Dead Poets Society shines brighter through a queer lens
A lot of movies have a queer subtext. Whether intentional or not, subtext can seep into a film in a variety of ways and provide interesting insight into the film and its characters. Sometimes it can be as simple as homoerotic tension in an action movie between friends and other times it can be in the finer details of themes or presentation. Like any lens you can apply to film, a queer lens simply gives us another dimension in which to interrogate a film and its meaning. But some films lend themselves more than others to this kind of analysis. And if queer film theorists were asked for films with a noticeable gay subtext, you wouldn’t have to ask much before hearing about Dead Poets Society.
Dead Poets Society (1989) directed by Peter Weir is a film that needs little introduction. The film is widely acclaimed for its story and performances. The story follows John Keating (Robin Williams), a new English teacher at the prestigious Welton Academy with a different approach to teaching. Keating is a breath of fresh air in the oppressive halls of Welton. With his encouragement and teaching, Neil Perry (Robert Sean Leonard), Todd Anderson (Ethan Hawke), and their other classmates begin to come out of their shells and speak up. Despite its 1950s setting, it has proven to be a timeless piece about adolescence and coming of age. And like any beloved film, it’s been the subject of years of critical analysis and discussion with fans.
The movie isn’t explicitly queer, but queer critics and viewers have been reading the movie’s queer subtext for years. It’s a read that not only offers an interesting new perspective on an already brilliant film, but also one that can enhance one’s own engagement and understanding with the film’s characters.
One of the first things many queer viewers notice when watching the film for the first time is how much the story reflects one’s struggles with living as a queer person. Welton Academy applies tradition to all of its students from the very first scene where they highlight how their conformity to tradition has produced academic excellence, but we quickly see how this excellence comes at the expense of the student’s sense of self. . Welton students must conform to the standards of the school and society as a whole to succeed, and they are penalized and criticized when they do not. While this experience is not exclusive to queer people, forced conformity is certainly something that resonates with queer viewers and this association only grows stronger as we get to know our characters.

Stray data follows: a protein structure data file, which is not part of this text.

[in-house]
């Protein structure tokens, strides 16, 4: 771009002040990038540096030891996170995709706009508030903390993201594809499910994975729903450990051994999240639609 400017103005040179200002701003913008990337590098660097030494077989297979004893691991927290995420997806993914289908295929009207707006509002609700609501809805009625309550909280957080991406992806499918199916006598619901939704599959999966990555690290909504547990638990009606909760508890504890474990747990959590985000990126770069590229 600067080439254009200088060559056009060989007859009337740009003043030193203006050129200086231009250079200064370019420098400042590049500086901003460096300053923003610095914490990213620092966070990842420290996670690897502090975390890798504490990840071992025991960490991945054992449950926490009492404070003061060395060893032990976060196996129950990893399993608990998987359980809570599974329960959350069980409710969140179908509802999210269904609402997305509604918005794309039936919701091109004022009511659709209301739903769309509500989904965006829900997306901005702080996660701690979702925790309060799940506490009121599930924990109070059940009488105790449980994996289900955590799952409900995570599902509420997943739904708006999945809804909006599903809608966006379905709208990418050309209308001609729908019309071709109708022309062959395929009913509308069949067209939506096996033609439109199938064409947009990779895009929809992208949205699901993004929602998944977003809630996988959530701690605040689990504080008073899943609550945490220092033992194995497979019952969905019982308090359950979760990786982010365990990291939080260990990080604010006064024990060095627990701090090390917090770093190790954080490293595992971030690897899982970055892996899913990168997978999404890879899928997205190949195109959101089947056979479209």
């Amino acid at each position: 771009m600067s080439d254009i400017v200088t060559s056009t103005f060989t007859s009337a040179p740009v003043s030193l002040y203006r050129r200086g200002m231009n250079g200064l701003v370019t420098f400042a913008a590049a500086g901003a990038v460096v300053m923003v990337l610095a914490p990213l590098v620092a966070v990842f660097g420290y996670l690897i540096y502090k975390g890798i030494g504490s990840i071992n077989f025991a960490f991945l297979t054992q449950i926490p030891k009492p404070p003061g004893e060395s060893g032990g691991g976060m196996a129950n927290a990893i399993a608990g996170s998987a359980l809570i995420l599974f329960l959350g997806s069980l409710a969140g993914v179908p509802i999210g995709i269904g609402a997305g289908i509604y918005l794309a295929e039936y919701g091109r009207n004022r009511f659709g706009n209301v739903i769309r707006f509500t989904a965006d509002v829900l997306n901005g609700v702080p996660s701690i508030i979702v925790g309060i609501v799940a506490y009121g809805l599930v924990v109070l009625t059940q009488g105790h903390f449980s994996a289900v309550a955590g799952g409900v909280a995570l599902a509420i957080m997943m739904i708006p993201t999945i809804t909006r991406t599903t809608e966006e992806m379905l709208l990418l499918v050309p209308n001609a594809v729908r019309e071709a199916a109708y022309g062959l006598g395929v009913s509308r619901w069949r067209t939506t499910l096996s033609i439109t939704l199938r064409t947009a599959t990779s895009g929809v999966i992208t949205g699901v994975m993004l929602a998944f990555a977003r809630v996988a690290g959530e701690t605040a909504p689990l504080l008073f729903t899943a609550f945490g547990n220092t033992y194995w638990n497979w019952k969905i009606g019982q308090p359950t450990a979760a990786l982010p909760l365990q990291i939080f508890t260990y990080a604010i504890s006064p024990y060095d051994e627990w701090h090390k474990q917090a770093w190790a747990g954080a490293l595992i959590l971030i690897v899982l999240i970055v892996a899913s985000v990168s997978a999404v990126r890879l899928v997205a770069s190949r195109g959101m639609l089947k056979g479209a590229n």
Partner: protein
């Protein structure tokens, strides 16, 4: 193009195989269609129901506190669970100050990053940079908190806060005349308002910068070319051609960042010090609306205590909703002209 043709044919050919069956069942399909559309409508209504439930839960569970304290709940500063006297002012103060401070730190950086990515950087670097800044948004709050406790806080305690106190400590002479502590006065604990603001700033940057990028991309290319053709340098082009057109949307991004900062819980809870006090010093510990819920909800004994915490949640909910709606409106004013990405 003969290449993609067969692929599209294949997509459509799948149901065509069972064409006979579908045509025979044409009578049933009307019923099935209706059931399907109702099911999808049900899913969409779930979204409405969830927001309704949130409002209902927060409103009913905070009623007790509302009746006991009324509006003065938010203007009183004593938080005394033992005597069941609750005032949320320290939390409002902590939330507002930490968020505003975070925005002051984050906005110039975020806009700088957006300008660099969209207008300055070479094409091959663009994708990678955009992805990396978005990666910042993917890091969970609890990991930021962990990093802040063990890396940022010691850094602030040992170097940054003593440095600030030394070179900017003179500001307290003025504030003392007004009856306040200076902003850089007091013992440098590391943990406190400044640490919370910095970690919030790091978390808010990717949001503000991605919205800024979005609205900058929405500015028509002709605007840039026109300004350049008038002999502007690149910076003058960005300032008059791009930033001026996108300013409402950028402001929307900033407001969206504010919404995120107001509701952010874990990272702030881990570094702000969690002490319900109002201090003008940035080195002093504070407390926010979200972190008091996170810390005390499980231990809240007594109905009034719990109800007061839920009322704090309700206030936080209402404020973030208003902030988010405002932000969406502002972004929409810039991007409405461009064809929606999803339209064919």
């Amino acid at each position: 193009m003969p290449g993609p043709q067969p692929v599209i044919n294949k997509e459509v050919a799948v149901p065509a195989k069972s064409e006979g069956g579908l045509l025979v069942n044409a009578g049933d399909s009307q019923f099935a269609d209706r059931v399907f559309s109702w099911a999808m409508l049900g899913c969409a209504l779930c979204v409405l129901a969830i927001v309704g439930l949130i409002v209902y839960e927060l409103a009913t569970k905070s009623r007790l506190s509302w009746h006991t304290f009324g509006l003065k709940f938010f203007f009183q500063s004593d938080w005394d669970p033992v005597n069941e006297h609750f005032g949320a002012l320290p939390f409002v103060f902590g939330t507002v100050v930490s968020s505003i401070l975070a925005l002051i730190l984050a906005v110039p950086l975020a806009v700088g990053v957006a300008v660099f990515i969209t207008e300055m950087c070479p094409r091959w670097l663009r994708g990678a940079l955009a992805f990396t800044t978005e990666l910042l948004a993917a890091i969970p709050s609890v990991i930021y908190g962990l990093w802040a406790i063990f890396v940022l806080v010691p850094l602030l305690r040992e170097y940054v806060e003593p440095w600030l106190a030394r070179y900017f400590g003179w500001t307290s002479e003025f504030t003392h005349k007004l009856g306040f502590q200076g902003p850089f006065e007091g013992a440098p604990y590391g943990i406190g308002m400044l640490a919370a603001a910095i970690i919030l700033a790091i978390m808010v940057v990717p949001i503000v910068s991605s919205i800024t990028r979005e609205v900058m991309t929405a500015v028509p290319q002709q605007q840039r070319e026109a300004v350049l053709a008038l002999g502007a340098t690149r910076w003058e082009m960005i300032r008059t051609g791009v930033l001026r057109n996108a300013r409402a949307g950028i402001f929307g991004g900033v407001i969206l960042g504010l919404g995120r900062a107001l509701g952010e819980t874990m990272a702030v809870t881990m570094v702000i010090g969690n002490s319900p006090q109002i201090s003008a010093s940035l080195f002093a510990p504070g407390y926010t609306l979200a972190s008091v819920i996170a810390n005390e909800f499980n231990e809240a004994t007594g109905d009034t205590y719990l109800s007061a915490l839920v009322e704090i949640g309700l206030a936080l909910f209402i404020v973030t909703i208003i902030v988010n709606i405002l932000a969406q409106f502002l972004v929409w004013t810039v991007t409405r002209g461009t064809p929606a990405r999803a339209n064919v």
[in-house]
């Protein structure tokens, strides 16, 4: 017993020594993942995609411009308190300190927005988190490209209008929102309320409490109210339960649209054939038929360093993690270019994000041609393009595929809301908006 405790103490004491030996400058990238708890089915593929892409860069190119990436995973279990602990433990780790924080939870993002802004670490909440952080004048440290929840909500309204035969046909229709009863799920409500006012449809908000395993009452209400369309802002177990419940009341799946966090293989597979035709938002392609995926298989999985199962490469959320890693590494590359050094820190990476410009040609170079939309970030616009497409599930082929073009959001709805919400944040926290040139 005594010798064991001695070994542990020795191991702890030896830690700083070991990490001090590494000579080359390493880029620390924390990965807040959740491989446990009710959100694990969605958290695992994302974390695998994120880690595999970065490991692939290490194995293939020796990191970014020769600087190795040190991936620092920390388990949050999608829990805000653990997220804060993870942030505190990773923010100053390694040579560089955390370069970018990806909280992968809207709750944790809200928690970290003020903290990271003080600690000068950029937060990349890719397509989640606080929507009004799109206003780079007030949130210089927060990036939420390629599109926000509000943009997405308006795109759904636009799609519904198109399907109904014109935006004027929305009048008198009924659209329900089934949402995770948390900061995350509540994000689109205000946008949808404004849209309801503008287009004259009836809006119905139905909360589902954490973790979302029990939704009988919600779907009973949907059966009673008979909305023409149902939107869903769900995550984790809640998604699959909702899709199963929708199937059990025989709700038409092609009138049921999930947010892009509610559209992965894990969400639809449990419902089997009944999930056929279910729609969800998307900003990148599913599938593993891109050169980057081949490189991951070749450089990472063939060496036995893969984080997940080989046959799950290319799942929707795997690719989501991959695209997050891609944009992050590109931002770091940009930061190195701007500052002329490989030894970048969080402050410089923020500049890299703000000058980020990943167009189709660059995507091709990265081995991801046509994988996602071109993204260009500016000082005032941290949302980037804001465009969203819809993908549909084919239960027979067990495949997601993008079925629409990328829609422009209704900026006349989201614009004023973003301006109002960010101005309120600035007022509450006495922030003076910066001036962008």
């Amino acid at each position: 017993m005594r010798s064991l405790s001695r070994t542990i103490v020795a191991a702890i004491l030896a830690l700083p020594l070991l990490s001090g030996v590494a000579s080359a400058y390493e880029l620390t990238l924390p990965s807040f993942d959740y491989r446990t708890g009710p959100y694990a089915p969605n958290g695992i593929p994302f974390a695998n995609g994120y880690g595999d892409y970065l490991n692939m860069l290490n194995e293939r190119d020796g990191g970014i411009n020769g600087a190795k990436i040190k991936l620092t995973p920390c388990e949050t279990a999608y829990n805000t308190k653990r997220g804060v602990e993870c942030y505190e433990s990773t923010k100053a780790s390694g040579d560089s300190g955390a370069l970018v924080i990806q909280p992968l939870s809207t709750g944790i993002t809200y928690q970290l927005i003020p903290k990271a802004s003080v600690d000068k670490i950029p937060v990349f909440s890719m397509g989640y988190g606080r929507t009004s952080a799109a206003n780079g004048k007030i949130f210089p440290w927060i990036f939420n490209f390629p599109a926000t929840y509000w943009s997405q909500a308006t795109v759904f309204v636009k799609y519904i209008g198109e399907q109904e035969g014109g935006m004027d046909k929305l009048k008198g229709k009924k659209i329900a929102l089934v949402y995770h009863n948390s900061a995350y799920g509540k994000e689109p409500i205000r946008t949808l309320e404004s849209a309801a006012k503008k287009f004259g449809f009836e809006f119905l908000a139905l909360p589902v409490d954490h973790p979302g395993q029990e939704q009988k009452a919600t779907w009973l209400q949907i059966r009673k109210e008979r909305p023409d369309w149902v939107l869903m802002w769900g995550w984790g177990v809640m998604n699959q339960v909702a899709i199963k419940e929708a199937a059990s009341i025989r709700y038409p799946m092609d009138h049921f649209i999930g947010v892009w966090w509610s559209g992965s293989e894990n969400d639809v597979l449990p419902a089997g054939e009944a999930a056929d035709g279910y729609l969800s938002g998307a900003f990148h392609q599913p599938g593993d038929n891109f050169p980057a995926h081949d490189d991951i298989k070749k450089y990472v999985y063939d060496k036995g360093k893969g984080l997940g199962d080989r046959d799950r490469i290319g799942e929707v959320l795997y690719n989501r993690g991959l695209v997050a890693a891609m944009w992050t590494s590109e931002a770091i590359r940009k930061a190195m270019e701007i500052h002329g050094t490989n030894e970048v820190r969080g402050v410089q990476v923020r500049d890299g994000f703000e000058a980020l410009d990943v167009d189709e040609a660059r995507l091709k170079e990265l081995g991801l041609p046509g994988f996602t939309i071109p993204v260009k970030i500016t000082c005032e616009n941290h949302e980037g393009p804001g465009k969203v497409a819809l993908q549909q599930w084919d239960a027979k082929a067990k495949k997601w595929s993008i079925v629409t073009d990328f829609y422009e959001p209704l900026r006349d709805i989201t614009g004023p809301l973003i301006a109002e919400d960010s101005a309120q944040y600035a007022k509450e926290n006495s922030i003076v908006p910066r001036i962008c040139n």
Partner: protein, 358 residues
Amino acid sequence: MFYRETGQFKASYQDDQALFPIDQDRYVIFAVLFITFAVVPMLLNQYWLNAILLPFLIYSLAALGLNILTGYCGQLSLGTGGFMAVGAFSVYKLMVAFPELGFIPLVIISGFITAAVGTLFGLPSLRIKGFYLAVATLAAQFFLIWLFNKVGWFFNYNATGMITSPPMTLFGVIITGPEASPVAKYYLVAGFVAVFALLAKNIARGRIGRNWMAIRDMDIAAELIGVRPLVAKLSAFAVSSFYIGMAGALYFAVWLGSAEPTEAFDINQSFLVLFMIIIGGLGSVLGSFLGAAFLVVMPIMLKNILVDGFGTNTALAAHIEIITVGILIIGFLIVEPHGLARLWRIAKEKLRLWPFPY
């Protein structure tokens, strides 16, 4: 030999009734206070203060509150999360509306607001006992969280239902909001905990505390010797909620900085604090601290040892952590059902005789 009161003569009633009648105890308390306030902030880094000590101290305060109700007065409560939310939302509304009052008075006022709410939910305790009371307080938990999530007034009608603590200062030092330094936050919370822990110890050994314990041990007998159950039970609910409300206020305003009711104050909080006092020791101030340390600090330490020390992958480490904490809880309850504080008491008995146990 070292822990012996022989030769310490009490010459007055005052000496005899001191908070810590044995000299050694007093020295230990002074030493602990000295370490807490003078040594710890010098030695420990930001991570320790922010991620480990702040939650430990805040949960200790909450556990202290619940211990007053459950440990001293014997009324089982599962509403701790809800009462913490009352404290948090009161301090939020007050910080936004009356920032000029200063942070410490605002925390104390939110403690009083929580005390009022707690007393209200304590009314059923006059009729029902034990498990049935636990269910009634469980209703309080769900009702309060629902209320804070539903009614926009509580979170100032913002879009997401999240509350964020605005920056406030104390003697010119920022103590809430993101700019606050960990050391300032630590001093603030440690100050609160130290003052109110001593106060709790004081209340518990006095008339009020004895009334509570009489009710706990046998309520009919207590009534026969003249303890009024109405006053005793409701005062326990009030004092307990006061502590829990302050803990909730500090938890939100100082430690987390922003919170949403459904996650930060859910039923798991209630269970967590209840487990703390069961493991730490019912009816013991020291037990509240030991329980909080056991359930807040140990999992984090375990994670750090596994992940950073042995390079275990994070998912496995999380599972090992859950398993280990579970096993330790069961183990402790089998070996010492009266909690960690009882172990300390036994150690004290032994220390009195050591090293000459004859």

Neil Perry is gifted. Like most of Welton’s other students, his parents have planned his whole life and he’s just been in on it. But Neil yearns to express himself, and he finds an outlet for it through Mr. Keating. His course opens up a world of literature and performance that immediately fascinates Neil. Over the course of the film, he comes out of his shell thanks to the Dead Poets Society, his friendship with Neil which pushes them both to be more authentic, and the nurturing influence of Mr. Keating. He became passionate about acting and even got a role in a production of Dream of a summer night. But his dreams crumble when his parents find out and reject his passions entirely. And in the end, rather than not being able to be himself, Neil commits suicide.
It’s not hard to see how Neil’s story could be a metaphor for homosexuality. He’s a young man who comes of age and finally begins to find himself under the influence of an understanding adult who finally lets him be himself and friends who applaud him for doing so. He is drawn to acting, something demeaned and considered feminine, less so by his parents. Neil becomes himself during the film and when this truth is discovered by his parents, they reject it outright. This could very easily be replaced by Neil being gay. He comes to accept what he wants in the safety of the community he has created, but that space is destroyed when his parents discover his identity and alienate him from that community. It is a tragic story but unfortunately not unknown.